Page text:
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    ABSTRACT: Abstract Background: The 99th percentile of cardiac troponin levels, determined in a reference population, is accepted as threshold for diagnosis of acute myocardial infarction (AMI). However, there is no common consensus of how to define the reference population. The aim of the present study was to determine 99th percentile reference values, determined by a high-sensitivity assay (hsTnI), according to different health status and cardiovascular risk factor prevalence in a large population-based sample. Methods: Troponin I was determined using the Abbott ARCHITECT STAT highly sensitive troponin I immunoassay in 4138 participants of the Gutenberg Health Study. Results: hsTnI was detectable in 81.6% of all individuals. The 99th percentile of the overall population was 27 ng/L. Age and gender had a prominent influence on these values. Exclusion of individuals with elevated natriuretic peptide levels or cardiac abnormalities resulted in lower 99th percentile values, whereas exclusion of individuals with an impaired estimated glomerular filtration rate (eGFR) or with prevalent coronary artery disease/myocardial infarction (CAD/MI) did not result in a meaningful change. Conclusions: Troponin I, measured by a high-sensitivity assay, can be reliably detected in the vast majority of the general population. hsTnI values were dependent on age, gender as well as structural and functional cardiac abnormalities.
    Clinical Chemistry and Laboratory Medicine 10/2014; 53(5). DOI:10.1515/cclm-2014-0619 · 2.96 Impact Factor
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    ABSTRACT: Objectives: Estimation of the attributable risk for fatal diseases by combining two different data sources. Methods: We derive a method to estimate the attributable risks of different risk factors by combining general mortality risks with up-to-date prevalences of the risk factors using estimates from a risk prediction model and cross-sectional data of a cohort study. Partial attributable risks have been used to illustrate the proportions of the different risk factors for the attributable risk. In addition we derive standard errors for the attributable risk based on the Taylor series expansion. Since the data of our cohort study was sampled with the same size in each 10 years age stratum which does not reflect the age-structure of the general population, the attributable risk and its standard errors are calculated using an approach that allows the weighting of the data according to population proportions of age. The formula for the standard errors has been evaluated using bootstrap-techniques. Results: We successfully implemented the method for the estimation of the attributable risk and its standard errors by integrating risk information using data of the HeartScore Germany and cross-sectional data emerging from the Gutenberg Health Study. The attributable risk can now be calculated without using the information of the overall disease rate. The bootstrap method shows, that the formula for the standard errors is useful. Conclusion: Our method allows for the combination of different data sources in order to estimate attributable risks and our formula for the standard errors seems to yield a good approximation. But the validity of our method highly depends on the validity of the underlying data sources.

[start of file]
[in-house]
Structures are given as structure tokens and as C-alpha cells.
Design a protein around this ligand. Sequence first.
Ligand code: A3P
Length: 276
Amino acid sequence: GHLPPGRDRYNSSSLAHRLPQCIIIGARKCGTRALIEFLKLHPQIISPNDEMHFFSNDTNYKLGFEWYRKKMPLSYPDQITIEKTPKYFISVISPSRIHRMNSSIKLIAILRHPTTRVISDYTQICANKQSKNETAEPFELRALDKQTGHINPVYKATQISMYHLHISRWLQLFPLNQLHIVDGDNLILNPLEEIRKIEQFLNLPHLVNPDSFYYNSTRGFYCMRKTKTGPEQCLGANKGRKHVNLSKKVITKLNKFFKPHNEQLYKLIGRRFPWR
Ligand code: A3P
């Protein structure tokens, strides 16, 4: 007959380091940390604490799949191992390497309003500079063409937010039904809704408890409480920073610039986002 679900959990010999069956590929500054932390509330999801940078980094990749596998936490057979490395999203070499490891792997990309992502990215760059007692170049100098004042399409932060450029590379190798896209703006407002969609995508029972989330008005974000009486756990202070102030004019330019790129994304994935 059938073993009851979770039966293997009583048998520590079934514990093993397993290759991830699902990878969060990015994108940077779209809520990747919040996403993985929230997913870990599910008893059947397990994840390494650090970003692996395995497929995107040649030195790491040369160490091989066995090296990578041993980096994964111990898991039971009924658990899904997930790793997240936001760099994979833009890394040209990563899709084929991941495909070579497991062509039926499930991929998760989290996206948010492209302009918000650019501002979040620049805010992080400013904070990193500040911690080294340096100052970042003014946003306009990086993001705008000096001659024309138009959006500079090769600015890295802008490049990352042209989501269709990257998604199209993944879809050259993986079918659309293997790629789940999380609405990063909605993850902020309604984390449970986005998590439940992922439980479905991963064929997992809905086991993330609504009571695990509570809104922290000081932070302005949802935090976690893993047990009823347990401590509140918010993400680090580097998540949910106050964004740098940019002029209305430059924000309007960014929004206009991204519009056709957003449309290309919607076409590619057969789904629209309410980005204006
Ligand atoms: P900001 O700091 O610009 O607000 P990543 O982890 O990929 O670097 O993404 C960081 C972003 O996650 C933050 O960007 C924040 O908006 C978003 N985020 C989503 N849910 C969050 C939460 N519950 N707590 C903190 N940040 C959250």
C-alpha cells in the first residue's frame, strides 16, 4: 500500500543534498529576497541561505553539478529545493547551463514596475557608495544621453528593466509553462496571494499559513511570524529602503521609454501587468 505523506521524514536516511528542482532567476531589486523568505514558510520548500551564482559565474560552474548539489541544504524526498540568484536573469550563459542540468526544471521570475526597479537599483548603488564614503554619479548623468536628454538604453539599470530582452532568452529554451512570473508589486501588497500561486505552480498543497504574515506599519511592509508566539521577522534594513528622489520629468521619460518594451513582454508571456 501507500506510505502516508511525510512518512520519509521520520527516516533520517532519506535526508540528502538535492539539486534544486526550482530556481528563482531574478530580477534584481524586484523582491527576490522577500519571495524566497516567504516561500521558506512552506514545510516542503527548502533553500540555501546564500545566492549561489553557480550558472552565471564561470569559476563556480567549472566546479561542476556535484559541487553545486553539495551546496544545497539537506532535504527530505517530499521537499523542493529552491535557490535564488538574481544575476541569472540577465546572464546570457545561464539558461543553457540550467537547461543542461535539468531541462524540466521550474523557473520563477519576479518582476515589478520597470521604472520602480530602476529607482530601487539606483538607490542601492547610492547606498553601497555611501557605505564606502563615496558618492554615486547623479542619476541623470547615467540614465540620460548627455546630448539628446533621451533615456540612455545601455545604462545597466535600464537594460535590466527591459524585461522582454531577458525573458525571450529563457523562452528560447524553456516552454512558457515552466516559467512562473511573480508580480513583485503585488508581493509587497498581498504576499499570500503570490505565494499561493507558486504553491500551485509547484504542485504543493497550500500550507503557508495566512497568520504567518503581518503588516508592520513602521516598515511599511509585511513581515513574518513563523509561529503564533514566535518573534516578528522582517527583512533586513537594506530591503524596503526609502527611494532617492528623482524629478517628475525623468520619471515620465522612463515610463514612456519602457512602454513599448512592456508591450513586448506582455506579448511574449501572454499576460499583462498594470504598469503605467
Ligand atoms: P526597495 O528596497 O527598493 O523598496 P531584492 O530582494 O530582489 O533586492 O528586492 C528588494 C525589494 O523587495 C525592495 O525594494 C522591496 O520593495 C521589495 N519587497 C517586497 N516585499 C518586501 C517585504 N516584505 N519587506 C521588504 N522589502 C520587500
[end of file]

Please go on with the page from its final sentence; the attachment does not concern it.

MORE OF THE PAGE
Methods of Information in Medicine 09/2014; 53(5). DOI:10.3414/ME13-01-0088 · 1.08 Impact Factor
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    ABSTRACT: -Dimethylarginines (DMA) interfere with nitric oxide (NO) formation by inhibiting NO synthase (asymmetric dimethylarginine, ADMA) and L-arginine uptake into the cell (ADMA and symmetric dimethylarginine, SDMA). In prospective clinical studies ADMA has been characterized as a cardiovascular risk marker whereas SDMA is a novel marker for renal function and associated with all-cause mortality after ischemic stroke. The aim of the current study was to characterise the environmental and genetic contributions to inter-individual variability of these biomarkers.
    Circulation Cardiovascular Genetics 09/2014; 7(6). DOI:10.1161/CIRCGENETICS.113.000264 · 6.73 Impact Factor
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    ABSTRACT: Elevated intraocular pressure (IOP) is an important risk factor in developing glaucoma, and variability in IOP might herald glaucomatous development or progression. We report the results of a genome-wide association study meta-analysis of 18 population cohorts from the International Glaucoma Genetics Consortium (IGGC), comprising 35,296 multi-ancestry participants for IOP. We confirm genetic association of known loci for IOP and primary open-angle glaucoma (POAG) and identify four new IOP-associated loci located on chromosome 3q25.31 within the FNDC3B gene (P = 4.19 × 10(-8) for rs6445055), two on chromosome 9 (P = 2.80 × 10(-11) for rs2472493 near ABCA1 and P = 6.39 × 10(-11) for rs8176693 within ABO) and one on chromosome 11p11.2 (best P = 1.04 × 10(-11) for rs747782). Separate meta-analyses of 4 independent POAG cohorts, totaling 4,284 cases and 95,560 controls, showed that 3 of these loci for IOP were also associated with POAG.